Why sell, when you can buy?

Yesterday I received my order of Girl Scout cookies. When I opened the door, a girl threw out her hand and unceremoniously announced, "That'll be $7." I gave her the money and took possession of my Thin Mints and Samoas. (I'm a sucker for Samoas.)

What impressed me about the young saleswoman - who was all of 11 years old - was her professionalism and, well, assertiveness. I recalled how, more than a month ago, she had solicited my business by rapping on the door and, as soon as I opened it, thrusting the order sheet at me with the cry, "You want Girl Scout cookies, don't you?"

How could I say no?

Kids who sell things door to door are a special breed. They certainly have something I never did - that moxie that endows them with a type of fearlessness that's stoked by every sale they make.

As a child growing up in the New Jersey of the 1960s, I also put in my time as a door-to-door salesman, but usually under duress. When I was in third grade, the school gave us cartons of chocolate bars to tout as a fundraiser.

After selling the requisite first couple of bars to my parents - at the inflated price of 25 cents apiece - I was girded to go out into the wider world. But I was immediately disillusioned when the first door I knocked on brought me face to face with a woman who laughed and said, "But I'm on a diet!"

My parents, as well as a caring aunt - none of whom were on a diet - took mercy on me by purchasing the rest of my stock. I was 12 before I was willing to take my wares on the road again.

I had seen, in a comic book, that one could earn wonderful gifts (make that WONDERFUL GIFTS!) by selling Christmas cards door to door "in your spare time." Well, I had spare time, didn't I? And one of the wonderful gifts just happened to be a bow-and-arrow set. Suddenly, my eyes were aglow with the idea of shooting targets in my backyard. I filled out the diminutive order form in my cramped script, and, scarcely a week later, a large package arrived on my doorstep.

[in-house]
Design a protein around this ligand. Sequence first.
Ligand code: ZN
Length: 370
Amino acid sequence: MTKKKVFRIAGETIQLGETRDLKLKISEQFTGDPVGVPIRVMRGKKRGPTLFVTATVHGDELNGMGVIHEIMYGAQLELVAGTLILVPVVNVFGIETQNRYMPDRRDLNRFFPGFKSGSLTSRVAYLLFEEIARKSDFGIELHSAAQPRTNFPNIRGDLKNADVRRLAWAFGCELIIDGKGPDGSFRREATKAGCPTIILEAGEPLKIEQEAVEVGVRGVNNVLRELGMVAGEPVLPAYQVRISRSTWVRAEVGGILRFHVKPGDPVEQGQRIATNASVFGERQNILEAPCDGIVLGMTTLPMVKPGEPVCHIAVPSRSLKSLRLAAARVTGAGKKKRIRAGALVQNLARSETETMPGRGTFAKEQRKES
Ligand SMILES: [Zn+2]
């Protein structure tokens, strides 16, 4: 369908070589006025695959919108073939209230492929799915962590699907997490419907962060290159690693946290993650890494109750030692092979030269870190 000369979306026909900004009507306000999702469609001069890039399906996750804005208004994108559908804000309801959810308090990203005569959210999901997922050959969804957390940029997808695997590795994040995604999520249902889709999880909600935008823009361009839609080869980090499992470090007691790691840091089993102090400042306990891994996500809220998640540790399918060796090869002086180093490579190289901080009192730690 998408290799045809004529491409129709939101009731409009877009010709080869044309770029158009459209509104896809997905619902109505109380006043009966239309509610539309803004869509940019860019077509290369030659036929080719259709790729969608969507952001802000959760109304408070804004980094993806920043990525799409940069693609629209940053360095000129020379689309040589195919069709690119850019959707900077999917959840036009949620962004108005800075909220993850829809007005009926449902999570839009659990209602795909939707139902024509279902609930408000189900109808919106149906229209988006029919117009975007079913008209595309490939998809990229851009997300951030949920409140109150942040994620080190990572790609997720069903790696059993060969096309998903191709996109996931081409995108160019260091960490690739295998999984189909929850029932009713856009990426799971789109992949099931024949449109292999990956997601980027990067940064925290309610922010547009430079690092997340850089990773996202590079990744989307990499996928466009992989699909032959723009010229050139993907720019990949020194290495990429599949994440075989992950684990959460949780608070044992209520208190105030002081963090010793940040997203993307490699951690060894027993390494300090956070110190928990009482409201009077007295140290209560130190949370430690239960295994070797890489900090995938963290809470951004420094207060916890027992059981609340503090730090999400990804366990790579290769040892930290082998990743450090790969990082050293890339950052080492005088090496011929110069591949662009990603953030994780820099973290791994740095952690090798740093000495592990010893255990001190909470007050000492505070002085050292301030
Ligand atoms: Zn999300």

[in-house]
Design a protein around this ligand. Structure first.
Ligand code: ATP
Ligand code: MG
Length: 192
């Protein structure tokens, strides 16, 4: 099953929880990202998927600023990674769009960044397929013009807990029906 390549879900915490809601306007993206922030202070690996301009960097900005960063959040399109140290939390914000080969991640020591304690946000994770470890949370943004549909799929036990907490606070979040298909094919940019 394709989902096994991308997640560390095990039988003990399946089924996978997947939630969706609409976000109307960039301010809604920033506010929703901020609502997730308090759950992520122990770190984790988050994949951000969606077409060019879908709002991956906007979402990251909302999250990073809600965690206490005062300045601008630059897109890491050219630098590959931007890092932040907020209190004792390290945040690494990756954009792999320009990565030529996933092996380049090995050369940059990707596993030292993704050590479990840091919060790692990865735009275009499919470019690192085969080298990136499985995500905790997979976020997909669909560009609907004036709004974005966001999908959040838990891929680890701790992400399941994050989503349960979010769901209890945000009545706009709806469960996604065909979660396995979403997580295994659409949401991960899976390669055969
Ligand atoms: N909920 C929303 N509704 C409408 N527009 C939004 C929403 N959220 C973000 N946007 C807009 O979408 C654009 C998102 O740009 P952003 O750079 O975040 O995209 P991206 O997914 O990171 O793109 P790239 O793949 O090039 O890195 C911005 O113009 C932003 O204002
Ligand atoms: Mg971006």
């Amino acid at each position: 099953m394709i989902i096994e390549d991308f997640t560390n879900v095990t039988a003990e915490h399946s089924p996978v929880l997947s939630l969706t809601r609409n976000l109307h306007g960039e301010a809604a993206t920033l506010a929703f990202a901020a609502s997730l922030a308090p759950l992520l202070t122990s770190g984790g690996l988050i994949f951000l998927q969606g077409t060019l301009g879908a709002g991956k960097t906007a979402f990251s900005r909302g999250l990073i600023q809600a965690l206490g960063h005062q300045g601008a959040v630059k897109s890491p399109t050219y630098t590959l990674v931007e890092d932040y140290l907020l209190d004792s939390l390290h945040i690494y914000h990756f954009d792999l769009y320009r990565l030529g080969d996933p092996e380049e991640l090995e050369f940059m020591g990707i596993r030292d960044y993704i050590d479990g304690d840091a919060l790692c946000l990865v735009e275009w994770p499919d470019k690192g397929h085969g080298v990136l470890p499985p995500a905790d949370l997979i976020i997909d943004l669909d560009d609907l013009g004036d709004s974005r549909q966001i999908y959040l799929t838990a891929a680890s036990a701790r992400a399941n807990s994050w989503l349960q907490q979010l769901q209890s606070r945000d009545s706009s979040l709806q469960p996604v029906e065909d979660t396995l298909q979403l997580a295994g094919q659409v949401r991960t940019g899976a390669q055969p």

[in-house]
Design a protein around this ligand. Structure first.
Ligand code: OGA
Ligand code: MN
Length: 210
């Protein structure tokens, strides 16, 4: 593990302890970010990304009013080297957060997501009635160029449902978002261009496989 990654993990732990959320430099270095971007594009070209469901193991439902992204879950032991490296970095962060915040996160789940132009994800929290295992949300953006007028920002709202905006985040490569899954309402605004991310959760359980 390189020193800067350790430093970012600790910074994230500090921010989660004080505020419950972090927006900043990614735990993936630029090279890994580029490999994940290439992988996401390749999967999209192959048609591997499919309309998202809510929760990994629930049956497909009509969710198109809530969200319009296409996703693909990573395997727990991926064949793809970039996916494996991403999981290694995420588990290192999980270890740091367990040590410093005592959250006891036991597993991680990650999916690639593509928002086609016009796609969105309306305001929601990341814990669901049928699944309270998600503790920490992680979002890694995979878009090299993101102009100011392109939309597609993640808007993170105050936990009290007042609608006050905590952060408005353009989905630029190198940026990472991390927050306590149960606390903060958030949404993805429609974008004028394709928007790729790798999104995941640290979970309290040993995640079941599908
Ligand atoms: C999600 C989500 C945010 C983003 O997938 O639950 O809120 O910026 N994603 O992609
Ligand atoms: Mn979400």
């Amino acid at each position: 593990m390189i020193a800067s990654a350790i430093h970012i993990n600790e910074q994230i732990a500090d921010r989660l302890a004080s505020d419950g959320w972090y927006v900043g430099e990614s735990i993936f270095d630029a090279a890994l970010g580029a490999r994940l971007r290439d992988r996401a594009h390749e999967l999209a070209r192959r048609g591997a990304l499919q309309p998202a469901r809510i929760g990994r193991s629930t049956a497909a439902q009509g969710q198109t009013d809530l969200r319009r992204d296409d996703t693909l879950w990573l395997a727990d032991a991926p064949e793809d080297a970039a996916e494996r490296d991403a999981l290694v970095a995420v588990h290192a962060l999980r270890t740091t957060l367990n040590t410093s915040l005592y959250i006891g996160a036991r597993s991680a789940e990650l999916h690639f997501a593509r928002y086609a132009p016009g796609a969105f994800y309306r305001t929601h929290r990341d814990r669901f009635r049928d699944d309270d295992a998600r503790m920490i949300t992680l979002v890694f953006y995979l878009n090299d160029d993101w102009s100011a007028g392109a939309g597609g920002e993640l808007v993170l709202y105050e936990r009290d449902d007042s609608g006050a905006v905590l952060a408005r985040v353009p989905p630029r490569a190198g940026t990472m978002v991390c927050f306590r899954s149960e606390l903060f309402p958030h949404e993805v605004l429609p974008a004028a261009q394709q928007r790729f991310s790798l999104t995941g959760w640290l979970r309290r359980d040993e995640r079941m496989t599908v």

I unpacked 25 boxes of Christmas cards (replete with sequined landscapes and Scottie dogs sporting plaid scarves and tam-o'-shanters) and, as per tradition, immediately sold a box to my parents for $1.25.

Then I read the fine print. I would have to sell an additional 75 boxes in order to reach "the first level," which would, in turn, make me "eligible" for a wonderful gift, but "not necessarily" the gift of my choosing. Rather than a bow-and-arrow set, I might be able to get - gulp - a pair of hand-knit mittens.

Well, I just didn't have the ambition to beat the pavement in the hope of acquiring a pair of mittens. The result: My mother sold the cards to her friends and acquaintances. But she didn't avail herself of first-level privileges, and she advised me not to fill out anything I saw in a comic book.

I am now the father of two sons, and they don't have the moxie either. But I know they didn't get their lack of a killer instinct for salesmanship from me, because they're both adopted.

When my older son, Alyosha, was 10, he came home with a school fundraiser packet that involved selling magazine subscriptions. I did my duty by purchasing a Newsweek subscription, and then watched forlornly as he went door to door in our neighborhood, proffering his subscription sheet, meeting rejection at every turn.

But the last door he knocked on, just before the sun went down, was a hit. The grandmotherly woman bought a subscription to "Private Pilot," of all things. It was an act of mercy. She didn't even have a car, much less a Cessna.

Alyosha has moved on to college, but I still have a 9-year-old in the nest. Anton dutifully brings home his school fund-raising items - wrapping paper these days - and comes at me with all the enthusiasm of the recent convert.

I find that, if we just let the sales package lie on the kitchen table for a few days, his zeal wanes to the point of forgetfulness. At that point I quietly slip a donation into his envelope and place it in his school backpack.

This seems to satisfy everybody: Anton has a sense of contributing, the school benefits, and neither of us has to go against our natures by trying to sell the unwanted to the nonbuying.

But unwilling to sell does not mean unwilling to buy, and there will always be room in our house for Samoas.

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